Refiguring the Body
Embodiment in South Asian Religions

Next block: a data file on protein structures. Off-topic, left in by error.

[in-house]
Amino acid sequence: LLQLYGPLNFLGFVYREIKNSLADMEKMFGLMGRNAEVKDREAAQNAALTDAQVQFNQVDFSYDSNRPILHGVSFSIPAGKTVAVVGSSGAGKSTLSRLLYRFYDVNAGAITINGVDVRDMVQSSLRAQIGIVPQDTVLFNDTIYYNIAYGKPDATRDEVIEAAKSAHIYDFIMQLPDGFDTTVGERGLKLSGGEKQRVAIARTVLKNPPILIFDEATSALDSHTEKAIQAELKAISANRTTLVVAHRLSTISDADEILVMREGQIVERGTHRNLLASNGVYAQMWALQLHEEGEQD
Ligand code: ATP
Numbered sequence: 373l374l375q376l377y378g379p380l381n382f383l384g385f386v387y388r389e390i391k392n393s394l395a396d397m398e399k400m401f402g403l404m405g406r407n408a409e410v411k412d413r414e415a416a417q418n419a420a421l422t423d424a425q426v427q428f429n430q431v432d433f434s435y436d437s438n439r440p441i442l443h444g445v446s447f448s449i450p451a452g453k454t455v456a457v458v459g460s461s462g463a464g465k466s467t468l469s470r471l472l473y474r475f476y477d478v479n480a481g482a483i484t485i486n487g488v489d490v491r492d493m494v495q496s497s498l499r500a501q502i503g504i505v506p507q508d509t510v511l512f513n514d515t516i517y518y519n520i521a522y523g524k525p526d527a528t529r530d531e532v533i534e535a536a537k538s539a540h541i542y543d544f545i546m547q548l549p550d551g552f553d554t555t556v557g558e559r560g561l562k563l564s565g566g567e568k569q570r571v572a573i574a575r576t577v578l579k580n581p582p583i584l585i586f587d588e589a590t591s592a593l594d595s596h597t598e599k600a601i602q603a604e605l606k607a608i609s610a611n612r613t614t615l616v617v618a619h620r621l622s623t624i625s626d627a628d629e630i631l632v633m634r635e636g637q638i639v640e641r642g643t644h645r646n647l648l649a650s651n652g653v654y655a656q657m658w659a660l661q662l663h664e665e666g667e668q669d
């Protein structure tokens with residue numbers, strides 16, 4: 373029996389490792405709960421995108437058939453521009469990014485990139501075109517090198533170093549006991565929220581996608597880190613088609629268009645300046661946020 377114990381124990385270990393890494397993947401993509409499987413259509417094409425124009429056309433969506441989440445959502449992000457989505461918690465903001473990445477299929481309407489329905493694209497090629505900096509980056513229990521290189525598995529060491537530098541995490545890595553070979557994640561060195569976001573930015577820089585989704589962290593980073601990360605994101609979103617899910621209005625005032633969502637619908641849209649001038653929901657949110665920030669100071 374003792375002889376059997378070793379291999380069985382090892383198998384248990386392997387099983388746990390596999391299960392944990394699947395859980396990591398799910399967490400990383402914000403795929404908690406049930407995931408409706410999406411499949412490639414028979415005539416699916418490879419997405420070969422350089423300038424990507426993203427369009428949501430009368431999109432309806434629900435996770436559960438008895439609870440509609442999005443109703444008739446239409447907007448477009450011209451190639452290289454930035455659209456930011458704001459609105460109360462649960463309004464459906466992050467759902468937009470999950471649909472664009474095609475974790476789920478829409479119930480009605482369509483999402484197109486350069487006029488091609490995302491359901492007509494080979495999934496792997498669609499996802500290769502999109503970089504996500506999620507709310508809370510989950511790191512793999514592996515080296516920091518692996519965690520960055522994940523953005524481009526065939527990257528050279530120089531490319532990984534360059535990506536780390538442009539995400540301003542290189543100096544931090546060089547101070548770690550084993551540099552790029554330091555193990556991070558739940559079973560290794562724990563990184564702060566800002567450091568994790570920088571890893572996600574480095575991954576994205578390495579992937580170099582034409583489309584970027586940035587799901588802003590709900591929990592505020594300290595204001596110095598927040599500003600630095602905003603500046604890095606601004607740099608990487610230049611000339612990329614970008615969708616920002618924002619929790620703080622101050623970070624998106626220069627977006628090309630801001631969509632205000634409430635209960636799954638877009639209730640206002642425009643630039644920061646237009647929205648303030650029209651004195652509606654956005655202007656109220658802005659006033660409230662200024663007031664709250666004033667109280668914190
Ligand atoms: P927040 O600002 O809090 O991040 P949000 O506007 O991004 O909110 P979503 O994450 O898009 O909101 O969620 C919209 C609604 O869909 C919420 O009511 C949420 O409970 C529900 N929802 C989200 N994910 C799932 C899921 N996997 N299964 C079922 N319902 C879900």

Refiguring the Body provides a sustained interrogation of categories and models of the body grounded in the distinctive idioms of South Asian religions, particularly Hindu and Buddhist traditions. The contributors engage prevailing theories of the body in the Western academy that derive from philosophy, social theory, and feminist and gender studies. At the same time, they recognize the limitations of applying Western theoretical models as the default epistemological framework for understanding notions of embodiment that derive from non-Western cultures. Divided into three sections, this collection of essays explores material bodies, embodied selves, and perfected forms of embodiment; divine bodies and devotional bodies; and gendered logics defining male and female bodies. The contributors seek to establish theory parity in scholarly investigations and to re-figure body theories by taking seriously the contributions of South Asian discourses to theorizing the body.
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